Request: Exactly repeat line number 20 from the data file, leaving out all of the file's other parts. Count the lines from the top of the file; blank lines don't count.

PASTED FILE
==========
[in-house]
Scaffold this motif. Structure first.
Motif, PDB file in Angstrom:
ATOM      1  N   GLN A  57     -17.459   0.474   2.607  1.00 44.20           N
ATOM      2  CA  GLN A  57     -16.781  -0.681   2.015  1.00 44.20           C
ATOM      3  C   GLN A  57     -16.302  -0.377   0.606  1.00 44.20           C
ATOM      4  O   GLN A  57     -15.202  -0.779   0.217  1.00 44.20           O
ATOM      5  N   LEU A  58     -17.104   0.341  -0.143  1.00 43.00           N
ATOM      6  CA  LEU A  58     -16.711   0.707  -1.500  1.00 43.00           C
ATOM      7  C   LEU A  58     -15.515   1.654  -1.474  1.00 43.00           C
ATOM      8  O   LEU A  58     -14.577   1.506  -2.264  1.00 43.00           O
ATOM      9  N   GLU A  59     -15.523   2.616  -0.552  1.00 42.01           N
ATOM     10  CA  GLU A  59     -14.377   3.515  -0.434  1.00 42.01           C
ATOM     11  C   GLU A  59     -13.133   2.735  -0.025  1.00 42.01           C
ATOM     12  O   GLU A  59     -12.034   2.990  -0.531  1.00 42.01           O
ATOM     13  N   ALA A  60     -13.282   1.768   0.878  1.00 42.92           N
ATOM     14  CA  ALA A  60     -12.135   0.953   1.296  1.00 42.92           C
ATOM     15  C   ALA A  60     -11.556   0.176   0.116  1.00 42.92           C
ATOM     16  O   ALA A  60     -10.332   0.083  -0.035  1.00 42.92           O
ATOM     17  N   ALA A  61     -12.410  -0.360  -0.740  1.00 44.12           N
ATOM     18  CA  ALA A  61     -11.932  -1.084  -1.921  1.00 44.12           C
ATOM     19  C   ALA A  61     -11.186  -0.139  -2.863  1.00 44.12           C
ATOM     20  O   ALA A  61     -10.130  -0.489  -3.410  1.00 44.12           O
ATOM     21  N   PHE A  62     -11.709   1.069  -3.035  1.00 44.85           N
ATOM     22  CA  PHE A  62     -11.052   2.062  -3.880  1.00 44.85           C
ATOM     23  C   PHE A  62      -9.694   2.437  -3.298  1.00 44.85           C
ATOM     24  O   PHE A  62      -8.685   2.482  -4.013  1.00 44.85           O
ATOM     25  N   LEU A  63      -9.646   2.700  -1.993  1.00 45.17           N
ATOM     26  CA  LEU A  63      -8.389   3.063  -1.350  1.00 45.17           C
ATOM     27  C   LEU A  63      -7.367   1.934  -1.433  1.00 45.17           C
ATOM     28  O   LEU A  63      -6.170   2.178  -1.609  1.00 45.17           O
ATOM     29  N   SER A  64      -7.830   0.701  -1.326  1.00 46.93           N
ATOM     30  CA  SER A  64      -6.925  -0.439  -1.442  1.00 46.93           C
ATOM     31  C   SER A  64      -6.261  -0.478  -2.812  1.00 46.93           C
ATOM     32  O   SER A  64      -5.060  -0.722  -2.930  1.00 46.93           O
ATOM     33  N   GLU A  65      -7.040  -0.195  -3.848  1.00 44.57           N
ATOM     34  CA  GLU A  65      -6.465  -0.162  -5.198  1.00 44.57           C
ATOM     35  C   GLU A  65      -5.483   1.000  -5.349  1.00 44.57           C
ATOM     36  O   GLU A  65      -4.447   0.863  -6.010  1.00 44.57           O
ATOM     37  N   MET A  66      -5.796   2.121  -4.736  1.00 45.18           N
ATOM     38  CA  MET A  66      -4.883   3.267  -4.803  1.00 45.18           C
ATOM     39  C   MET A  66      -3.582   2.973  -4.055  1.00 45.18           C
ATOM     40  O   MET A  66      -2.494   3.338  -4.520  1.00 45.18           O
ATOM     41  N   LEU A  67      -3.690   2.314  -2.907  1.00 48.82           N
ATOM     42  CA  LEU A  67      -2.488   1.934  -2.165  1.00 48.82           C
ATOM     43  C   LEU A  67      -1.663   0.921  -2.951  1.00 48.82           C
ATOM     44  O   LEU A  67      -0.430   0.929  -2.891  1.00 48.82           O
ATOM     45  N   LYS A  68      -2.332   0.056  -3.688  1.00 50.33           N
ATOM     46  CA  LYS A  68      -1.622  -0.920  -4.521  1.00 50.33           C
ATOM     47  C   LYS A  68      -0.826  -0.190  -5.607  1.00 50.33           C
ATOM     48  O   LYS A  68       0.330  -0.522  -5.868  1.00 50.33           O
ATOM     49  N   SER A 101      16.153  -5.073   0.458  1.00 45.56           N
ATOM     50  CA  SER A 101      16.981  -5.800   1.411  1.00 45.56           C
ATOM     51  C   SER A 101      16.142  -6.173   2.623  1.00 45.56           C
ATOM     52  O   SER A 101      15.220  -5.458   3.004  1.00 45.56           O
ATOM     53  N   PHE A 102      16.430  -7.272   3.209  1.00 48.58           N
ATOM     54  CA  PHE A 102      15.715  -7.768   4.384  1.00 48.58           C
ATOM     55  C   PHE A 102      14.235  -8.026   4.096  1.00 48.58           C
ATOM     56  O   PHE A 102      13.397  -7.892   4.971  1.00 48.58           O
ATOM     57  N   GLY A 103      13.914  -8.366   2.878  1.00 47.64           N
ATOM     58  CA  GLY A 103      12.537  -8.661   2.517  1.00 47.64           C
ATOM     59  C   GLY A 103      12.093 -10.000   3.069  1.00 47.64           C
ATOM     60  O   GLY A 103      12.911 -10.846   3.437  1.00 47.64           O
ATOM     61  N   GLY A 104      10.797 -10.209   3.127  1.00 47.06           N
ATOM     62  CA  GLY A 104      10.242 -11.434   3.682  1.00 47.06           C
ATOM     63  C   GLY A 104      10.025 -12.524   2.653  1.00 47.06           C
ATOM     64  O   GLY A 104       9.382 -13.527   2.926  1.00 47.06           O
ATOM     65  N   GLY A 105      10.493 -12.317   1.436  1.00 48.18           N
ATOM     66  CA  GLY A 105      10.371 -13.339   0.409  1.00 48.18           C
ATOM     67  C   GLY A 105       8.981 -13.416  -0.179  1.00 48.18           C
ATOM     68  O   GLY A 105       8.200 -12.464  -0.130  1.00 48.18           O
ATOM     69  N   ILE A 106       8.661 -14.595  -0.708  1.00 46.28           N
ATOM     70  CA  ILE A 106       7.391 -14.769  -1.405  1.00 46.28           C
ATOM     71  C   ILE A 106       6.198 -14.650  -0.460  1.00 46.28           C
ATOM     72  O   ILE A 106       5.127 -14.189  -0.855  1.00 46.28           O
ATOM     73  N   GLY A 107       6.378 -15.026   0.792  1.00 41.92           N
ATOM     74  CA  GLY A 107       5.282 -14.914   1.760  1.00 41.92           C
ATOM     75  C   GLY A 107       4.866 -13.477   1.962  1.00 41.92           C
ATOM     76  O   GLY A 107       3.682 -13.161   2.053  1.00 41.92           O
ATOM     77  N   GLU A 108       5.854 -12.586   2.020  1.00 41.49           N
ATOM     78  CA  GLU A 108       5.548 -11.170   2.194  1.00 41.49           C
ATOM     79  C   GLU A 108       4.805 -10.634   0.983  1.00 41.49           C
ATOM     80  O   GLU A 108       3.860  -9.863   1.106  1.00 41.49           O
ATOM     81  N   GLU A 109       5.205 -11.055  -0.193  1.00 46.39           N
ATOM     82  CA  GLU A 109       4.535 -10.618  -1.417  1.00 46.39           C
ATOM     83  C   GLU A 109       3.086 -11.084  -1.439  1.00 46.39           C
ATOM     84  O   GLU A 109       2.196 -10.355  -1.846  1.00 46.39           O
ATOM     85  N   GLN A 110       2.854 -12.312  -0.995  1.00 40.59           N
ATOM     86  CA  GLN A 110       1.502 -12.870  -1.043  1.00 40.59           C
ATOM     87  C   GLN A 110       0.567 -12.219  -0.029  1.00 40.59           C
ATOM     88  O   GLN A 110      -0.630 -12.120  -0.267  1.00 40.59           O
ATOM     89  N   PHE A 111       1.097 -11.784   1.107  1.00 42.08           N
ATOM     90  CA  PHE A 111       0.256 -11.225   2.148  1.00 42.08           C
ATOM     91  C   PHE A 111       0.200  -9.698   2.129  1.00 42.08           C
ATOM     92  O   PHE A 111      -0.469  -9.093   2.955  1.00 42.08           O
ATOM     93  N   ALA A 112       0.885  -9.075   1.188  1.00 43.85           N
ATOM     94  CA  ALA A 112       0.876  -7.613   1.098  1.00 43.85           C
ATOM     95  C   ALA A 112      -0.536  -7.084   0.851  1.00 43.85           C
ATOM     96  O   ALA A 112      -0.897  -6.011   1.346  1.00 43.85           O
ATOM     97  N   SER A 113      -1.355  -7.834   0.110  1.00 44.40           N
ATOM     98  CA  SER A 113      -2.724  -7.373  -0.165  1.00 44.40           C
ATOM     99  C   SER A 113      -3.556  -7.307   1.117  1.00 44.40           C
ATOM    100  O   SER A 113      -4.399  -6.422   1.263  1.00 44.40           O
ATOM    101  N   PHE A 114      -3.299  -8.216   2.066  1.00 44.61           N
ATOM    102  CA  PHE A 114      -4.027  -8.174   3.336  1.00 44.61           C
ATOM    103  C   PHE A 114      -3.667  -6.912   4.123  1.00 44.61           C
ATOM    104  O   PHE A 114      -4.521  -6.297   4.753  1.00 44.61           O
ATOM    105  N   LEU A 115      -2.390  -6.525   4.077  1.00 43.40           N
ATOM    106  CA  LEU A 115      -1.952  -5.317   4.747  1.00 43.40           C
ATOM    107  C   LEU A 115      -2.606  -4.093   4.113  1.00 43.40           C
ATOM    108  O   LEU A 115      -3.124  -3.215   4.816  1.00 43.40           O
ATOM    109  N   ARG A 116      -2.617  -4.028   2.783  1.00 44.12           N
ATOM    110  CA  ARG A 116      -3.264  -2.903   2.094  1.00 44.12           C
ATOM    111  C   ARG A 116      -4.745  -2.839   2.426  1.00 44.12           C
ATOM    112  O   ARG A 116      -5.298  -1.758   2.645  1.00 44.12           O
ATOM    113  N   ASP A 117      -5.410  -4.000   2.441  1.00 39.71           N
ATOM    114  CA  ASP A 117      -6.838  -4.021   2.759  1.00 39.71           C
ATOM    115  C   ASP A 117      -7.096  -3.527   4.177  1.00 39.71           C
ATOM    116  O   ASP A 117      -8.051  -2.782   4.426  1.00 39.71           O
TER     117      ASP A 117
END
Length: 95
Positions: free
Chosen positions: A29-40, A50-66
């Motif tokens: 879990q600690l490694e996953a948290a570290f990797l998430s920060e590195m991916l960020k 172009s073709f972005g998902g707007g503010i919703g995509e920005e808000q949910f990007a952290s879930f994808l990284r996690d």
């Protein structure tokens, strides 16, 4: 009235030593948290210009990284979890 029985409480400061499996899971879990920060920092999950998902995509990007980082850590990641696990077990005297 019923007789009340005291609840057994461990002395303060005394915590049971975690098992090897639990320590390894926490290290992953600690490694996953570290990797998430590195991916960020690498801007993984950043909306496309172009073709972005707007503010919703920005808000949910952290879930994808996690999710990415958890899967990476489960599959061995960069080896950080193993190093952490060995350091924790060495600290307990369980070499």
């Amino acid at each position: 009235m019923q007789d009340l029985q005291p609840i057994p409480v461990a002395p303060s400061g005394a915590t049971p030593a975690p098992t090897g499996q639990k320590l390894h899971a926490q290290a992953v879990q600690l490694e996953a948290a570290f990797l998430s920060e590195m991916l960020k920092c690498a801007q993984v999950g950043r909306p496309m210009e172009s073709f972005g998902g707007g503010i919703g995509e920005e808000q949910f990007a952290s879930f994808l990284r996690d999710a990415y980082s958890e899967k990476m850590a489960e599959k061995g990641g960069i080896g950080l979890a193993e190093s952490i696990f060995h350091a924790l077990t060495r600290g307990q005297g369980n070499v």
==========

ATOM     17  N   ALA A  61     -12.410  -0.360  -0.740  1.00 44.12           N